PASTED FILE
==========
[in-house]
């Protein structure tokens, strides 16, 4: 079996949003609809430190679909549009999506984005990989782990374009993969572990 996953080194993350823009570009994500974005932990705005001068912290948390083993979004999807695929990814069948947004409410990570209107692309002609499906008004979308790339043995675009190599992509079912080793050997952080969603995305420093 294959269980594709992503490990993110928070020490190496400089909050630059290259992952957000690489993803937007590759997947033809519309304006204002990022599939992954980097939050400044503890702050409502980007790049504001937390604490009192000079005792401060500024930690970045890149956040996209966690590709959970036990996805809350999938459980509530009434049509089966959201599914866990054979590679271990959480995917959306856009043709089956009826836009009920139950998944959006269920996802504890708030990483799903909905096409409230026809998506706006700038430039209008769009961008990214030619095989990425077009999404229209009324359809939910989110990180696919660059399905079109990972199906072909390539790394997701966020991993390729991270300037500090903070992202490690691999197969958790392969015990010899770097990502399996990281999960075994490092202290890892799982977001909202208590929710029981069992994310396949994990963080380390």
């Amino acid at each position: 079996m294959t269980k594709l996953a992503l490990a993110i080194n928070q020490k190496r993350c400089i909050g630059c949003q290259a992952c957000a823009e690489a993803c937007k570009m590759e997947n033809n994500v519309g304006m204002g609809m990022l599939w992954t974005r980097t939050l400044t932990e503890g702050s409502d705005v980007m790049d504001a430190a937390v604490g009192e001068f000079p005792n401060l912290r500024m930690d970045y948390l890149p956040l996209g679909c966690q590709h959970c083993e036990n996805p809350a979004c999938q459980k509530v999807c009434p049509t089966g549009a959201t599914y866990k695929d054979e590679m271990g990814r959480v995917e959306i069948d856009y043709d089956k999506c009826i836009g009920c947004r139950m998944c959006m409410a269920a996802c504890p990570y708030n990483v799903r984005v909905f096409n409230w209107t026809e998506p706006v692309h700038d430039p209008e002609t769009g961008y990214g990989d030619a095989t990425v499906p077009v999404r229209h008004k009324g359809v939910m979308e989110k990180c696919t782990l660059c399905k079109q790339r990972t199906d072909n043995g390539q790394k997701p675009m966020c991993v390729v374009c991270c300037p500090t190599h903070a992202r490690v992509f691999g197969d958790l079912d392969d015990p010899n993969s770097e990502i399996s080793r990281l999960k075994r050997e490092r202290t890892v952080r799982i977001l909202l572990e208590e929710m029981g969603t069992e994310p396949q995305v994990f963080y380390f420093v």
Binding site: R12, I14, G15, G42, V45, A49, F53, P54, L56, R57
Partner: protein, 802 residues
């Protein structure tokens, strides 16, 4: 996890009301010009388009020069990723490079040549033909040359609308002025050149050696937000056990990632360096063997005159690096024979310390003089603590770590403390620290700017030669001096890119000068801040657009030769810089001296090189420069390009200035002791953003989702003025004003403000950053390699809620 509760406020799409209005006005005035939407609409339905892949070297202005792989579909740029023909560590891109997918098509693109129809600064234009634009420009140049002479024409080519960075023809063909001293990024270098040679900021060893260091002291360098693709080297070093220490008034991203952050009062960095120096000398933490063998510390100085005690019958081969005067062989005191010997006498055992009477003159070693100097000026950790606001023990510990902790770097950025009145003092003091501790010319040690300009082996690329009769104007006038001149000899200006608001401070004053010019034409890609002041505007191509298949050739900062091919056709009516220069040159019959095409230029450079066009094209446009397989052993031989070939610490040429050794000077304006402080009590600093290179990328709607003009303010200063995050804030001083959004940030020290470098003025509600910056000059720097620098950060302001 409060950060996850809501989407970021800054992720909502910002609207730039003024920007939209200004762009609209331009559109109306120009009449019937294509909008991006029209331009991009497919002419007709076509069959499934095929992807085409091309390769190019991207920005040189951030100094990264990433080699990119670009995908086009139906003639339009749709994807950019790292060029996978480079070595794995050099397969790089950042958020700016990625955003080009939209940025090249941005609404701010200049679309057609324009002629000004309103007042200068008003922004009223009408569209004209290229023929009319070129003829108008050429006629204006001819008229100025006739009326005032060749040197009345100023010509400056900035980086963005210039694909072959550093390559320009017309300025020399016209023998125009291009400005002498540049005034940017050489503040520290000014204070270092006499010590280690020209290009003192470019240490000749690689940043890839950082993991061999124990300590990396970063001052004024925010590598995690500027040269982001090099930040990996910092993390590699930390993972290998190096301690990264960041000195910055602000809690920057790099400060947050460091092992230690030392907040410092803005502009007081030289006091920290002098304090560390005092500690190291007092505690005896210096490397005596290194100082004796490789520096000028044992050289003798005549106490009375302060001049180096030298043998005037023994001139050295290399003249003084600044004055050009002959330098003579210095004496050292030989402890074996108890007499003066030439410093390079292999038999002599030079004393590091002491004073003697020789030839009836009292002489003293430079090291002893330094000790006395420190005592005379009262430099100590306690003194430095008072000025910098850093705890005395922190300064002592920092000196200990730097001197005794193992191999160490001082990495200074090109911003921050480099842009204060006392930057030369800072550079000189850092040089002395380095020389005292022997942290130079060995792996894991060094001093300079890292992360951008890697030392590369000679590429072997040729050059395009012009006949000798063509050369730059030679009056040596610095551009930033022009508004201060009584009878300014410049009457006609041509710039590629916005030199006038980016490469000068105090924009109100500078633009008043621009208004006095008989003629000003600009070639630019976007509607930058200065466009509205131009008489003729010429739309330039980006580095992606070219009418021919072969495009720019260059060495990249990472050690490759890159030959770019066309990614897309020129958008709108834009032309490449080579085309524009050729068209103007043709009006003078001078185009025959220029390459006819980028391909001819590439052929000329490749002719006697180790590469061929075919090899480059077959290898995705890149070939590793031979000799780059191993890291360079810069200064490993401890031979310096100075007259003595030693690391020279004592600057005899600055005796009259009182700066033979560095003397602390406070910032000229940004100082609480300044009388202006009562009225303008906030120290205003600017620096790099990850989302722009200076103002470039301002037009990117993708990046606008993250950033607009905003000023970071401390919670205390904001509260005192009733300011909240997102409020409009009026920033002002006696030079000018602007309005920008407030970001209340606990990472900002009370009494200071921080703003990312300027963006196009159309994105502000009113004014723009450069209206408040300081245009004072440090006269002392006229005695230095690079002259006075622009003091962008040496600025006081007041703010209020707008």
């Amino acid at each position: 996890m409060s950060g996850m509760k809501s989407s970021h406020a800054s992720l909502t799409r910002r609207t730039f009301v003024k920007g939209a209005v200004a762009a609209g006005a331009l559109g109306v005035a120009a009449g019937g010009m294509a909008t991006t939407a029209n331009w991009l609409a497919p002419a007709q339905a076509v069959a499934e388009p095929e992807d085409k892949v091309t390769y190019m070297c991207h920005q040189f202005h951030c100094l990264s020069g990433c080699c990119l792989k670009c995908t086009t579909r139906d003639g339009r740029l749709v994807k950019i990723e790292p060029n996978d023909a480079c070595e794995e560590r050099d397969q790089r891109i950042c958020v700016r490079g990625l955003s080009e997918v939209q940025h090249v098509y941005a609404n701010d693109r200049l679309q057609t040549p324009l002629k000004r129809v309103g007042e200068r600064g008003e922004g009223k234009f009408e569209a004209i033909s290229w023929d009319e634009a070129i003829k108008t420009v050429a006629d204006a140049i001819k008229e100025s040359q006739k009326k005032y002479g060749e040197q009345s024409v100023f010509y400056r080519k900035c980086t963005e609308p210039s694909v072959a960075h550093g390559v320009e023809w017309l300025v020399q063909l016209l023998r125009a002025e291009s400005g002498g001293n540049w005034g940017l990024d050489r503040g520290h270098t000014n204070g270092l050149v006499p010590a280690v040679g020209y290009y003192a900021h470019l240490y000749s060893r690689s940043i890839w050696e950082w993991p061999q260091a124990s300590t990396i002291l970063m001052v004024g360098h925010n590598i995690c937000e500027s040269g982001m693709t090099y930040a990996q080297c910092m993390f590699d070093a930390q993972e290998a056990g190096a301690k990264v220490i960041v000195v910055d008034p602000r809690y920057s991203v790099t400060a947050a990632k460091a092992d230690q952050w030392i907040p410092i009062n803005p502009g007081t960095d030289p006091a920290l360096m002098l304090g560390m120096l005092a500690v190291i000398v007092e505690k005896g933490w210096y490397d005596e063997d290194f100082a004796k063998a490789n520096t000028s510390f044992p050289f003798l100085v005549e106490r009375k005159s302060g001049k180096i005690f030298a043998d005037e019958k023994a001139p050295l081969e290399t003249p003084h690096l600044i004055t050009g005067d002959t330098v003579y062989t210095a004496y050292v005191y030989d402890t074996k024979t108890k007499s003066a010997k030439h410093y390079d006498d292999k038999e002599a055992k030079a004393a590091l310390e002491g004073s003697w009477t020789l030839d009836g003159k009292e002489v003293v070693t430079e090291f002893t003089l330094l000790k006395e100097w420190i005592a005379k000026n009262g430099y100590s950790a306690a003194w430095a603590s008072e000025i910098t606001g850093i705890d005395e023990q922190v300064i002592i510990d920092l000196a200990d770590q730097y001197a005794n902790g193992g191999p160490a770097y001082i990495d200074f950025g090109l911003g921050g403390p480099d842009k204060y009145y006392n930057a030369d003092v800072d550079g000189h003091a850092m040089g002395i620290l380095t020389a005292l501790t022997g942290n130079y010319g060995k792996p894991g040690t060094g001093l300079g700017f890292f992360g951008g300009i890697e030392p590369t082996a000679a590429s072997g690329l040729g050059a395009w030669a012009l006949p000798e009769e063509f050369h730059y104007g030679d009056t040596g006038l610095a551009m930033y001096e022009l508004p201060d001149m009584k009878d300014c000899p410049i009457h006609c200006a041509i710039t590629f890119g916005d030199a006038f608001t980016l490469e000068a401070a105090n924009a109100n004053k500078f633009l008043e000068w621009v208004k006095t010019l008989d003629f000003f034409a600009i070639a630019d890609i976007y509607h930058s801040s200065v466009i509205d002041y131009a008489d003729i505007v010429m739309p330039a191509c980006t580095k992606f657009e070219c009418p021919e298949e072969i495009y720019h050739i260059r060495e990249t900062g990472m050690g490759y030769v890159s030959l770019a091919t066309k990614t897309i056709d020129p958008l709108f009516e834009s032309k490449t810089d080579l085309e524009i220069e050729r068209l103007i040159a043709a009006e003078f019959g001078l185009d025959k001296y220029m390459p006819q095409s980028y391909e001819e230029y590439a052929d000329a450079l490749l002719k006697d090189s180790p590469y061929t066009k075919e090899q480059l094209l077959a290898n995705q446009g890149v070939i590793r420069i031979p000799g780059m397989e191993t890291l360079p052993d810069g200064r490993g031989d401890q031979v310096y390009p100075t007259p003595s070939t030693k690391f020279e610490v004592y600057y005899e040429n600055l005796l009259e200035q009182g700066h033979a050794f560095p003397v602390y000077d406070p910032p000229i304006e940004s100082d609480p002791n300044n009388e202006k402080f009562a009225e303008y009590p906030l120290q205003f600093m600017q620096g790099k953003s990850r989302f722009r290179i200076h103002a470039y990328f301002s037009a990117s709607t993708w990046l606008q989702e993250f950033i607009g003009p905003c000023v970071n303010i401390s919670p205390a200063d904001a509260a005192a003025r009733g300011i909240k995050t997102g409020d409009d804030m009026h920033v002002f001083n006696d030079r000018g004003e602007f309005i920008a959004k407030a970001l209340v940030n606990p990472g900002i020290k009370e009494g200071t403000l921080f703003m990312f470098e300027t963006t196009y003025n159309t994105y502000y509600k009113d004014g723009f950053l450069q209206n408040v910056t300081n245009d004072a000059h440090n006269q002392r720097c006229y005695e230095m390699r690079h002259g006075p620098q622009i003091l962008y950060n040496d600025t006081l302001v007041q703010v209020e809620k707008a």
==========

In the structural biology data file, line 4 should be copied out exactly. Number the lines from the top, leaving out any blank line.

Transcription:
Binding site: R12, I14, G15, G42, V45, A49, F53, P54, L56, R57